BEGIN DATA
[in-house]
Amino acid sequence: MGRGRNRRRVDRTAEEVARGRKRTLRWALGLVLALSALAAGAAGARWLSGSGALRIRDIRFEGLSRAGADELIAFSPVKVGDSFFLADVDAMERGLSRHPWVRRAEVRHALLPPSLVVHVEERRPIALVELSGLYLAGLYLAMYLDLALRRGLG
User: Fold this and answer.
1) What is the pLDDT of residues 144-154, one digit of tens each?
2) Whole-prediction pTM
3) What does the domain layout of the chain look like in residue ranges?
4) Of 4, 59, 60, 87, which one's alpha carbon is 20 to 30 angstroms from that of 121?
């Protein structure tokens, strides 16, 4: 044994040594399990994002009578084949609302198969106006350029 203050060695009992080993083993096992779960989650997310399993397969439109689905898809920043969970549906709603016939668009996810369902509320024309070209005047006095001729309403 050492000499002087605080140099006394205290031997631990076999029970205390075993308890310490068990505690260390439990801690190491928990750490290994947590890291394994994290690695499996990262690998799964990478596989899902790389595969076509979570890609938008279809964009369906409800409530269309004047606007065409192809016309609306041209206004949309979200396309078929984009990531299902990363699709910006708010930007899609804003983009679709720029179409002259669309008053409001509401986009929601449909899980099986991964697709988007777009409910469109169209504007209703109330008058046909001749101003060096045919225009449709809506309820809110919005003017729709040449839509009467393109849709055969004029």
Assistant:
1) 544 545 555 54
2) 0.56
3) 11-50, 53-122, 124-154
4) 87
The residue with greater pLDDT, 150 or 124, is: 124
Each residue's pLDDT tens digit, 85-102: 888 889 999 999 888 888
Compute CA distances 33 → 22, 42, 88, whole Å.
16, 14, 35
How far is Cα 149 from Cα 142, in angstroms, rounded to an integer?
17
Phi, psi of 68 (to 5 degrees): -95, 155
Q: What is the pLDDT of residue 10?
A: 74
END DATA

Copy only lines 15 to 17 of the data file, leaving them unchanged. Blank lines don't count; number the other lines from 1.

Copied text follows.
Each residue's pLDDT tens digit, 85-102: 888 889 999 999 888 888
Compute CA distances 33 → 22, 42, 88, whole Å.
16, 14, 35